Psychologists posit that this denial of anger leads to gossip, passive-aggressiveness, resentment, avoidance, and self-hatred. One of the most sobering research findings on women and anger is that women tend to hold grudges for much longer than men—and more readily write people out of their lives over a past offense that was never directly addressed. Repressed anger, given the time and space to grow into full-blown resentment or rage, can diminish our capacity for gratitude and joy, and create huge divides in our relationships with one another and with God.

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For months I convinced myself that I shouldn’t be mad at those who tried to make me feel small. It wasn’t their fault I looked like a local, despite being born and raised in the US. Years later, I realize their contempt for me was indeed unjust and undeserved, and I recognize how powerless I felt to change the situation. I had good reason to be angry. But my justified anger, when unacknowledged and unaddressed, grew into unjustified aggression and hatred against myself and others.

Right before he exhorts the Ephesian Christians not to let the sun go down on their anger, the Apostle Paul challenges them to “be angry and do not sin.” Anger itself is not the problem; rather, how we respond to our anger determines whether we are following the path of virtue or sin. Because I ignored my anger and did nothing to address the causes, it took root deep within me and turned into hatred. Wrath is one of the seven deadly sins in the Catholic tradition for precisely this reason: it is the genesis for a myriad of other sins.

But anger acknowledged—assuming the anger is justified and of reasonable proportion—can actually be used powerfully by God. If we can act on our anger with grace, humility, and the genuine desire to release and move beyond our anger, it can catalyze us toward positive, productive behavior. Anger can push us to change our circumstances toward greater health, safety, and balance for ourselves and others. Anger can move us to repair relationships that have been tainted by hurtful words or actions. Anger gives us the courage to protect the weak and challenge oppressors. Anger has started untold numbers of social movements calling for more just and humane societies. And anger can change our own hearts.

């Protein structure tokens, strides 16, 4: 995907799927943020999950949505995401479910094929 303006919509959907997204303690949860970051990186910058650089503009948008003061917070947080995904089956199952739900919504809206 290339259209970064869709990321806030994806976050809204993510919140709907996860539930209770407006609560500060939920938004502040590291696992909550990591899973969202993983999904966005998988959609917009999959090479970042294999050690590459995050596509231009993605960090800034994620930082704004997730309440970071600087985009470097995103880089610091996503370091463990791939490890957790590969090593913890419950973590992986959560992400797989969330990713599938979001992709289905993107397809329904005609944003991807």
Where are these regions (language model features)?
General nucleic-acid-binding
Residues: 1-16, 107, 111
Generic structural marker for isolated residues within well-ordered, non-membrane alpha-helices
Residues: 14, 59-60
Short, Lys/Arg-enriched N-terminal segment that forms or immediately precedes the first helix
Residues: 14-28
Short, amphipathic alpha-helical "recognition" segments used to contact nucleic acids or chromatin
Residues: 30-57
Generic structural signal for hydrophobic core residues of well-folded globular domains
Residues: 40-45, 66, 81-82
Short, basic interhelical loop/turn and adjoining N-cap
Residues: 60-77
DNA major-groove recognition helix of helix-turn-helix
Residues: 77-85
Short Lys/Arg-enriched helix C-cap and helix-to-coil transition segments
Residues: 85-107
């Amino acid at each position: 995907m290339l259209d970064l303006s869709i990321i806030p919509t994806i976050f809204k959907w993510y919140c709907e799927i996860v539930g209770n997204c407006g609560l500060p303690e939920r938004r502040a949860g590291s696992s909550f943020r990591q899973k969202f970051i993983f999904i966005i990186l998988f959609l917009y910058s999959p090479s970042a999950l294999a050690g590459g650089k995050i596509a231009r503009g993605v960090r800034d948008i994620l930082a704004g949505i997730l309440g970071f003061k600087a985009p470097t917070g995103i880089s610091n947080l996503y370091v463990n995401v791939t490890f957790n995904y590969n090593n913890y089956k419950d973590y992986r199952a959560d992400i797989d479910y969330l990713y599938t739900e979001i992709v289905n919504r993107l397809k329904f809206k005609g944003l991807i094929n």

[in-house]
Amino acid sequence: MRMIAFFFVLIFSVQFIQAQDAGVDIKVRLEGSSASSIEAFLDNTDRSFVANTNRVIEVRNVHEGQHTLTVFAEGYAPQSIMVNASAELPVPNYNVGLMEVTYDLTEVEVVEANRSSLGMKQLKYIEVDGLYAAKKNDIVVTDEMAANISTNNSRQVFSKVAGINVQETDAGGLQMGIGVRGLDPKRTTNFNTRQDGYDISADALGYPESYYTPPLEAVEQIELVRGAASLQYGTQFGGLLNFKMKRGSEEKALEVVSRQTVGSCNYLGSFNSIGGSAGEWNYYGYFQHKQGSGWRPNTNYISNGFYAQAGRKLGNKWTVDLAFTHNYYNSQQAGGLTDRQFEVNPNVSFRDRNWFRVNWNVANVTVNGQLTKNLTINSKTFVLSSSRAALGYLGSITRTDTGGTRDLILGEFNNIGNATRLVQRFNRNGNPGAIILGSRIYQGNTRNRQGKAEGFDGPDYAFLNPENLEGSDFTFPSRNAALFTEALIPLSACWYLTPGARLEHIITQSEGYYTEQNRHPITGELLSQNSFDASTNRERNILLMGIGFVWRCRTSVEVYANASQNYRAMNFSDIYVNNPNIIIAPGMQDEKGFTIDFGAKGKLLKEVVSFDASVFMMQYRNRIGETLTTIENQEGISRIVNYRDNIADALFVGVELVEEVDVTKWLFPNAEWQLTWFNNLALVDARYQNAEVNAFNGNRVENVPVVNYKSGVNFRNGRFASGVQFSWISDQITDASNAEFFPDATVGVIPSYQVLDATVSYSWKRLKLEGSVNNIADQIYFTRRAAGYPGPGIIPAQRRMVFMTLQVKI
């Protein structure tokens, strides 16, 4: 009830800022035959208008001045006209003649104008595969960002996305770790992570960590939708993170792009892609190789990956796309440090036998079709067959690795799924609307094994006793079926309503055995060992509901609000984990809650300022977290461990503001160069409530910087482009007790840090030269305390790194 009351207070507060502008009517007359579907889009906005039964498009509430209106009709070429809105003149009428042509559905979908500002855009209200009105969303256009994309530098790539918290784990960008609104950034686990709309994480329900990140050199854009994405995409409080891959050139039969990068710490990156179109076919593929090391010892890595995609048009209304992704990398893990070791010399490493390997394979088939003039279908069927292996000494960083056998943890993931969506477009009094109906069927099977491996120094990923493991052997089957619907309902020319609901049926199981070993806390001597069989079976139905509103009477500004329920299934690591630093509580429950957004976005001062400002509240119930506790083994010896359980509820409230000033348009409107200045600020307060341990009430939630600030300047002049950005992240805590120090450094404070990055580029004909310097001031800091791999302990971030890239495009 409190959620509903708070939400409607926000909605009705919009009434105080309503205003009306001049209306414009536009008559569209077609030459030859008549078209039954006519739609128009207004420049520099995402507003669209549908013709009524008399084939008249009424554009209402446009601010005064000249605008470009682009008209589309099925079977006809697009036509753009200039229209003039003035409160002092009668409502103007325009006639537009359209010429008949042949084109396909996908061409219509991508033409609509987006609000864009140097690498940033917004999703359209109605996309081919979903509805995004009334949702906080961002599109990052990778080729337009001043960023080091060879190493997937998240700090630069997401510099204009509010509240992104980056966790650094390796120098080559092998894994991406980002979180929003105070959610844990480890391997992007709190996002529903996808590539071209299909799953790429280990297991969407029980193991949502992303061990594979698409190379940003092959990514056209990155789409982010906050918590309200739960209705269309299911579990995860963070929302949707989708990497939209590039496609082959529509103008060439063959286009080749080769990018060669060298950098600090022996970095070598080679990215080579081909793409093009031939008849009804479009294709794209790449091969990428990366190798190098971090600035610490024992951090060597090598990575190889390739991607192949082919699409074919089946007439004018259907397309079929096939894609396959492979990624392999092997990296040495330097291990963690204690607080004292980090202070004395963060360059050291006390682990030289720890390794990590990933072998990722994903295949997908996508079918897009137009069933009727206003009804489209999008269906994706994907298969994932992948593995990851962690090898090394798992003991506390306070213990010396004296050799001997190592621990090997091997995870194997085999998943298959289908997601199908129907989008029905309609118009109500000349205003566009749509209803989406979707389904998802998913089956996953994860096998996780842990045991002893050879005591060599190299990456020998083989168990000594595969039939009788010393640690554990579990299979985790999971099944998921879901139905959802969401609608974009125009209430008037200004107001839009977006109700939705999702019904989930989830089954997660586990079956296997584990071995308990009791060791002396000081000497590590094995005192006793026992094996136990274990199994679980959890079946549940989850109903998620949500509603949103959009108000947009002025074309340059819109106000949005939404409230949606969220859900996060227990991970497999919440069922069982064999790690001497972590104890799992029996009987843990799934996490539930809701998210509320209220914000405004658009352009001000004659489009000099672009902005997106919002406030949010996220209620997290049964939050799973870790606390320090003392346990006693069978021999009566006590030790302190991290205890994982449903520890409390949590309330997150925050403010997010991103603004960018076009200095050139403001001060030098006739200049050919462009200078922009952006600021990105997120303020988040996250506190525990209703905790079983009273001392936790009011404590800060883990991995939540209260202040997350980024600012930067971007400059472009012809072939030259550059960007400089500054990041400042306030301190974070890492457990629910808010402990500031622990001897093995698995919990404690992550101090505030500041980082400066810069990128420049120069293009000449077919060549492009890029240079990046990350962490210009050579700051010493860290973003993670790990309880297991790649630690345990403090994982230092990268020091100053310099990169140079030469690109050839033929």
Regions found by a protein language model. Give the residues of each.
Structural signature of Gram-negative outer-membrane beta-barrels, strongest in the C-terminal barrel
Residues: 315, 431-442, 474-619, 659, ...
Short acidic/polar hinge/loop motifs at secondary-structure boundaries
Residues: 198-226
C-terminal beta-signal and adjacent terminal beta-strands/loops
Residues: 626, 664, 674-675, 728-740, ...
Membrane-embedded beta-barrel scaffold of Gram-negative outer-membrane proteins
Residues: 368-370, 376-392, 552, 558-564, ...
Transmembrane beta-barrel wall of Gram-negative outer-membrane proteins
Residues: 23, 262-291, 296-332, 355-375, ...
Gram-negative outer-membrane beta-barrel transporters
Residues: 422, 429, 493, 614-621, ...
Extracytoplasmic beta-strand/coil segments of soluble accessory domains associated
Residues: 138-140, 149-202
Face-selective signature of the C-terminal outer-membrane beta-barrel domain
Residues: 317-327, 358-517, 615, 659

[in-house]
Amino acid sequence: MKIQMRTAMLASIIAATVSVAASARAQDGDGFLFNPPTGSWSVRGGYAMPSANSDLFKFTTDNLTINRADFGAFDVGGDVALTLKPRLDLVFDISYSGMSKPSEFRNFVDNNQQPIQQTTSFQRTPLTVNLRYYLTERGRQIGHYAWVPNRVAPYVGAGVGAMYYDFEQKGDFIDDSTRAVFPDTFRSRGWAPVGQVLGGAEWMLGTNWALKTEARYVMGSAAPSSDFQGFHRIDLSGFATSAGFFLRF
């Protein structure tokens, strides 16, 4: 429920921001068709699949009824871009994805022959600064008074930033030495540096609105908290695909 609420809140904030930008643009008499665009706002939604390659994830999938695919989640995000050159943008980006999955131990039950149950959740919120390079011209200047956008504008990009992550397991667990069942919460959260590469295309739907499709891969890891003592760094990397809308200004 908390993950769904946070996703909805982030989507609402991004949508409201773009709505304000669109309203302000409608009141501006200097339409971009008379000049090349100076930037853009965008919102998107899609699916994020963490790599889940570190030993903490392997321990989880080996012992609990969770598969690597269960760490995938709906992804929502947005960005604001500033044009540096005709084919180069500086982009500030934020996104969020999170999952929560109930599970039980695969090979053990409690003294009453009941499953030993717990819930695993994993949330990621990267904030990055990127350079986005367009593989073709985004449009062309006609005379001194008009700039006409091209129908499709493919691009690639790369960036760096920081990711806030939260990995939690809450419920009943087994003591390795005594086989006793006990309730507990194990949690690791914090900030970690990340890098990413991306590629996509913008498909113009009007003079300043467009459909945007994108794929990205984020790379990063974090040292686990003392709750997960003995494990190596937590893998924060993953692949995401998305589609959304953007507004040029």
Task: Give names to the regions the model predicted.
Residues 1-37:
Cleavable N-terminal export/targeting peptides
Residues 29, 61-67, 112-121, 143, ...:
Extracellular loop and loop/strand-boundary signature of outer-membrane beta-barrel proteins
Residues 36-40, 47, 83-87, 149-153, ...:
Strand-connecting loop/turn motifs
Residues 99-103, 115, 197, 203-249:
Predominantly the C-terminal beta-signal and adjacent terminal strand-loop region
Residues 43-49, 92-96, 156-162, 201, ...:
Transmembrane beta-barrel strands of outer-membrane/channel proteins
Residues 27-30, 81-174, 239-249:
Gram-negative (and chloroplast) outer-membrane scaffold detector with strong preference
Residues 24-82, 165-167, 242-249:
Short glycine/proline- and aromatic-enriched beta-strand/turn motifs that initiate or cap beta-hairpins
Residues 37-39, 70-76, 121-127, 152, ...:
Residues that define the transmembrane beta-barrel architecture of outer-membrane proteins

When I finally acknowledged what I had been feeling and why, I realized that I had placed myself above the people around me as much as I had placed myself above anger. I thought I could never be as unkind as they were—and then God showed me that I absolutely could. Through his grace, my untamed anger-turned-hatred was reborn as humble empathy and, ultimately, forgiveness and reconciliation. If I had never acknowledged my issue with anger, I would have closed myself off to recognizing that the locals in China craved compassion and acceptance as much as I did. I would have missed the opportunity to connect with people there on a soul level.

During this Lenten season of self-examination, rather than attempting to fast from anger—an act both unhealthy and impossible—I want to fast from denying my anger. I want to recognize the frustrations of daily life before they boil over into resentment or other hurtful responses.

Good Christian girls who never get angry don’t actually exist. Nor should they. When we let ourselves feel anger, and allow this anger to move us toward positive actions, God can work in amazing ways.